Perpetua delivers solid treble snares and crisps that keep the upper notes in focus at all times. The treble tone is strictly neutral with a slightly drier texture (likely due to highlighting more of the surface grains and details), but not in an unpleasant way. As for the staging and other elements, Perpetua creates a holographic room, having the sound spark from lower-mid and then evenly expand to all directions. It’s a type of sound expansion that feels elegant, like a flower blossom. If this impression does not resonate with you much writing, you’ll soon understand its charms as you listen to them yourself.
Compared to SoftEars Turii Ti (to be reviewed)
Compared to the Turii Ti, Perpetua has a definite difference in tuning by showing an overall warmer and bassier sound signature. Perpetua’s profound, warm low-end, and dense texture expressions are contrary to Turii Ti’s calm, flatter, and airy presentation.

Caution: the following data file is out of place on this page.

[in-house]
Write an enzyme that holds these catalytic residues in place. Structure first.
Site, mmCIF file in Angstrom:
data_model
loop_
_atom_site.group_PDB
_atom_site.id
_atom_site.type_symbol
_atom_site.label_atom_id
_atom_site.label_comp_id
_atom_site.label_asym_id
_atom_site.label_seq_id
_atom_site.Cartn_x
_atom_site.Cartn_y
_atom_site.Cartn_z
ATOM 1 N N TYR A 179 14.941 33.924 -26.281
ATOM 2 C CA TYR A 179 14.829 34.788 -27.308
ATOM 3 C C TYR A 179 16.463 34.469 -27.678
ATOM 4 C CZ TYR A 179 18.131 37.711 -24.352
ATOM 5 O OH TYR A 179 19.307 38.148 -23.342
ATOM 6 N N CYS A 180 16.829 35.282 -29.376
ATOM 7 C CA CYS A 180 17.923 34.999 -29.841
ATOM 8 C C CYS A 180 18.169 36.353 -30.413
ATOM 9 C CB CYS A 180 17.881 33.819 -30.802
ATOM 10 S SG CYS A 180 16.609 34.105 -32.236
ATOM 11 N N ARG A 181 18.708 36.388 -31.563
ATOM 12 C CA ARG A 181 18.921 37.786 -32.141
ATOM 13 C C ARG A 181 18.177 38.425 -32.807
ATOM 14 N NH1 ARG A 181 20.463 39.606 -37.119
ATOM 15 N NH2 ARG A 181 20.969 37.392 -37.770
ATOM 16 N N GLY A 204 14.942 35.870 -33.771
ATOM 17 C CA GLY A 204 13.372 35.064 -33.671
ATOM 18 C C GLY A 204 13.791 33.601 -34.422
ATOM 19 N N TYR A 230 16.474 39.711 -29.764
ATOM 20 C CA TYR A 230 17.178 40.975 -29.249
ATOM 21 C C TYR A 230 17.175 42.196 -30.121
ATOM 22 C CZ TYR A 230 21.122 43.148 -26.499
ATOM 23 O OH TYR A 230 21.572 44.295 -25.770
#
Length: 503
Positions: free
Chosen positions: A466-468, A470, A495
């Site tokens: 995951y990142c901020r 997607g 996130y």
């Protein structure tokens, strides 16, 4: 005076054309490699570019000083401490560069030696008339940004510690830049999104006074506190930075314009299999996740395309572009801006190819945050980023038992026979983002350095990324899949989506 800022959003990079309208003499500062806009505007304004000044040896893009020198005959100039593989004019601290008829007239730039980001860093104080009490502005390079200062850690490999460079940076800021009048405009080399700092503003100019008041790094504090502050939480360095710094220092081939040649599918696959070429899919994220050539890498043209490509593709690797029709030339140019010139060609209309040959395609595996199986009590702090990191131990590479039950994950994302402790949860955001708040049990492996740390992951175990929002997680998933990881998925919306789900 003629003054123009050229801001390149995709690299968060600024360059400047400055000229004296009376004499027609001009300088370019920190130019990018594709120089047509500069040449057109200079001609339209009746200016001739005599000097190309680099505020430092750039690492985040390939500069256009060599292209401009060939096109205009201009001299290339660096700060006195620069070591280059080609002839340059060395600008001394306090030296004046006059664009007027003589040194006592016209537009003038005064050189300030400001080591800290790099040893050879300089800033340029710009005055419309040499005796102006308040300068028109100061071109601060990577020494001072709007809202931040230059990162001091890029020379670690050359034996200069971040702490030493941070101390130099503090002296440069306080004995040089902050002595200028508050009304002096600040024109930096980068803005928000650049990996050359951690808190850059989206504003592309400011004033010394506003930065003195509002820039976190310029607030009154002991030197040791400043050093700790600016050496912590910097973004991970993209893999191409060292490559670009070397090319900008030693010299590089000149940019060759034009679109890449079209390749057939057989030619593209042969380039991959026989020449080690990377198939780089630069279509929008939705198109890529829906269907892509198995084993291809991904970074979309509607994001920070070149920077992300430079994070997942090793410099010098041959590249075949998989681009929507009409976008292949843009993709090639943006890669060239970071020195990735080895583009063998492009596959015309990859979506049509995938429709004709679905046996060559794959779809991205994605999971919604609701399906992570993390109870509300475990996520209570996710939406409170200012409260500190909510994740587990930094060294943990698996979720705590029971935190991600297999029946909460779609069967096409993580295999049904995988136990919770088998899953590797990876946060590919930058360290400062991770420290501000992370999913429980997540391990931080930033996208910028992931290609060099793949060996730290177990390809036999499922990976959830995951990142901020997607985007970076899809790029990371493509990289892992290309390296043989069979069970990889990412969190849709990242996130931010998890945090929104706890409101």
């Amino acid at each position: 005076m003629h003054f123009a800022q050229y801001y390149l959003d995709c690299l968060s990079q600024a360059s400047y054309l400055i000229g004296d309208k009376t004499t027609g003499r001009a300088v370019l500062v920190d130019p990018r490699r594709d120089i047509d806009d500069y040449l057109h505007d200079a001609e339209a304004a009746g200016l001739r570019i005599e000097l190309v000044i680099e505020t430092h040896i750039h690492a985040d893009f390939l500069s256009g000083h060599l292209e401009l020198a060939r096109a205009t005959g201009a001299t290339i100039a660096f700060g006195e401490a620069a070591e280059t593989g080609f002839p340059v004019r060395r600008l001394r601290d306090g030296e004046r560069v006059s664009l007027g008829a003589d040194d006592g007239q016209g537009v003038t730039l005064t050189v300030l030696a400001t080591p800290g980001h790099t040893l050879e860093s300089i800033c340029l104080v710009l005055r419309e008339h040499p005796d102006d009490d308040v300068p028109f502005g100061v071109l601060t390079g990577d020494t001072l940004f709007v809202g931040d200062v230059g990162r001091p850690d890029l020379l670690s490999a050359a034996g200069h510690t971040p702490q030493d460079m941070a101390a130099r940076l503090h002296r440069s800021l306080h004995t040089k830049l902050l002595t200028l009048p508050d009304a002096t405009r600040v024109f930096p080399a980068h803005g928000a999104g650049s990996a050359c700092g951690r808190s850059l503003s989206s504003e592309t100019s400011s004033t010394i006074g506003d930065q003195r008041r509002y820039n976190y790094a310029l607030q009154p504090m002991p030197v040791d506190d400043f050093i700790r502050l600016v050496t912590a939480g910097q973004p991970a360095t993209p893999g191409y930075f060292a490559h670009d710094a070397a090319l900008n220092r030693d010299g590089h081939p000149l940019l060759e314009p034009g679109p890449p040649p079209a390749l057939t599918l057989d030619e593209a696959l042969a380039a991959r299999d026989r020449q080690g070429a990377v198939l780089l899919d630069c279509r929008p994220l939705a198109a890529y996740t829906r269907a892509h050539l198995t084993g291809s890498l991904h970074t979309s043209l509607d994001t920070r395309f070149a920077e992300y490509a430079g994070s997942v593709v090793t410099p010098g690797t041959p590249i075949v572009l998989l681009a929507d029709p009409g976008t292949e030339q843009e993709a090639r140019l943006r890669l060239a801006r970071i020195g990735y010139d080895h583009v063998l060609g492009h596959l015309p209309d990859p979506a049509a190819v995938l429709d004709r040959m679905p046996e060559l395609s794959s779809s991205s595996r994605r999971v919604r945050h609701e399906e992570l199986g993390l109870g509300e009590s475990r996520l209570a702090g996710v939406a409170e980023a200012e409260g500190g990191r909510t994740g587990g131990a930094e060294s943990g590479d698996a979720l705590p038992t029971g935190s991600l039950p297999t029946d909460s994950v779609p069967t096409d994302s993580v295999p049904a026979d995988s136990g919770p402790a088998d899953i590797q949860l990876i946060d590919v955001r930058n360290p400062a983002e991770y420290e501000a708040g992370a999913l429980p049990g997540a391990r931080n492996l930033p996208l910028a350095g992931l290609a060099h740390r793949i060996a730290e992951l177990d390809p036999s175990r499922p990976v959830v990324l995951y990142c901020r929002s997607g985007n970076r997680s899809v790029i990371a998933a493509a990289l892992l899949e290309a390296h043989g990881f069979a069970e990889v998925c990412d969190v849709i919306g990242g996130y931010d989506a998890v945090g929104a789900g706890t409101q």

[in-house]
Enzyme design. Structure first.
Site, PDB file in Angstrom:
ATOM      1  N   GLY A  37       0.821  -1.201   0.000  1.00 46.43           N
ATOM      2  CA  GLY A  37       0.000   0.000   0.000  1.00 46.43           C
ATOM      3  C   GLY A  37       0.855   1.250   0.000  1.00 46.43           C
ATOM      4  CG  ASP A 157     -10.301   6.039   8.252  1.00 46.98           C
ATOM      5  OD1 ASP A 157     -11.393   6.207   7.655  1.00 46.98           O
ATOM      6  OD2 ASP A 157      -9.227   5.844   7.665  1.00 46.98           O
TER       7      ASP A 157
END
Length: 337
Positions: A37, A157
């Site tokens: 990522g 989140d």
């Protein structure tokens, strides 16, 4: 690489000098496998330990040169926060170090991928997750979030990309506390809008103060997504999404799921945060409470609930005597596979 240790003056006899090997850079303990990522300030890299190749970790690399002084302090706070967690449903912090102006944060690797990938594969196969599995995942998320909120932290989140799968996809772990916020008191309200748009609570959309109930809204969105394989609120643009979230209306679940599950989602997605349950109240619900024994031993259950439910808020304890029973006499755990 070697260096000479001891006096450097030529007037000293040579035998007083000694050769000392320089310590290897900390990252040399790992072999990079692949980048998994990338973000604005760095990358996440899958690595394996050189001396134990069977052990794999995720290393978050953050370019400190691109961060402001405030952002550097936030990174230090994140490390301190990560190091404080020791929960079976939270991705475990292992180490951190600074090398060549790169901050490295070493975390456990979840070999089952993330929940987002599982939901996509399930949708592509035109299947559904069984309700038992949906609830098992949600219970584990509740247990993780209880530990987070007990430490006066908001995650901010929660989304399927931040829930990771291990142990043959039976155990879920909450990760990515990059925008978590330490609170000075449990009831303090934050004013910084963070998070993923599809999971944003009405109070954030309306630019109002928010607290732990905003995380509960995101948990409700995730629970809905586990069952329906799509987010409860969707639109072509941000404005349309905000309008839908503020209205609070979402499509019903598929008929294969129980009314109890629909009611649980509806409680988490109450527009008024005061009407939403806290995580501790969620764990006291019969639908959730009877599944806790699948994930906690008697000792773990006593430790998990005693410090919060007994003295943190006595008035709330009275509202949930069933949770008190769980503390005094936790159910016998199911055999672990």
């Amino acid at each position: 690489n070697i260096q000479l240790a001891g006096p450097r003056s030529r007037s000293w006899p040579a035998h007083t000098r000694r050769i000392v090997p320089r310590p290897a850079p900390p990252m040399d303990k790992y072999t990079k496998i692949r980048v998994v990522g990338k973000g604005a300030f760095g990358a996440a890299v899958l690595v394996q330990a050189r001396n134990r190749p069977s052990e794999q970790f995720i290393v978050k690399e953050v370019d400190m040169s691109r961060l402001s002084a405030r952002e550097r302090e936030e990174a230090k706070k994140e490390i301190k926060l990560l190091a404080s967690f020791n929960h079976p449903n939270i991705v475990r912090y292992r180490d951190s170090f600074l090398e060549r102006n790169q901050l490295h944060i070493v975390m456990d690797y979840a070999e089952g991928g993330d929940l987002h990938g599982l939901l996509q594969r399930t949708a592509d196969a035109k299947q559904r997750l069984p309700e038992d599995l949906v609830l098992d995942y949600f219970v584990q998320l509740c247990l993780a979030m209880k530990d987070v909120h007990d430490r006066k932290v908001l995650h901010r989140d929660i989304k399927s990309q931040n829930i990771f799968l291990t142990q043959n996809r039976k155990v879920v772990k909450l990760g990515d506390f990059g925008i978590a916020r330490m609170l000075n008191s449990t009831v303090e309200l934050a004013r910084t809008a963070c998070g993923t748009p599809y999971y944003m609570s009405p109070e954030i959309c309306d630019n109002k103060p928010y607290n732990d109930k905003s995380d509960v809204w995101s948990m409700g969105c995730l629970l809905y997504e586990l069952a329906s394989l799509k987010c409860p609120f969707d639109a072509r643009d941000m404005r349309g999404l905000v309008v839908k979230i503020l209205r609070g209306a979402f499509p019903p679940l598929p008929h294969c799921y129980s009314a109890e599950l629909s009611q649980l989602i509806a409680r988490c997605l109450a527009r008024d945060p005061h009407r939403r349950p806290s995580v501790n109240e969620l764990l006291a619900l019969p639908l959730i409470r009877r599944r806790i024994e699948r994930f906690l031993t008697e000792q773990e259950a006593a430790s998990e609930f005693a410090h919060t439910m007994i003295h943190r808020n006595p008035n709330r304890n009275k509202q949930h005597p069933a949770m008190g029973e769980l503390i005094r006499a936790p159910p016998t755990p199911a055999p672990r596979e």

Perpetua holds a higher ground for showing a dignified, stately vibe. Turii Ti, on the other hand, exceeds the Perpetua for the details “pleasantly calm”. Comparing these two IEMs are very interesting as they have soothing emphases on particular ranges – the low-mids for Perpetua and mid-highs for Turii Ti.
Another related difference between these two IEMs is the “center of mass” which is the sound that holds as a starting point. Perpetua centers its mass on the lower bottom whereas Turii Ti creates its sound around the vocals and then expands the sound. In the end, deciding between these two IEMs depends on which sector you would rather choose between vacuum-like low-mids and breathable mid-highs.
This is a comparison that we simply cannot bypass. I was pleasantly surprised when I first plugged the Perpetua into my ears as they sounded a lot different from what I have been expecting.
Both the Dream and Dream XLS were known for their vibrant texture grains and sub-bright sound signature. Though as if breaking away from the Dream series, Perpetua has a nearly opposite style of sound. The timbre is smoother, warmer, and darker than Dream XLS, along with being more bass-centric.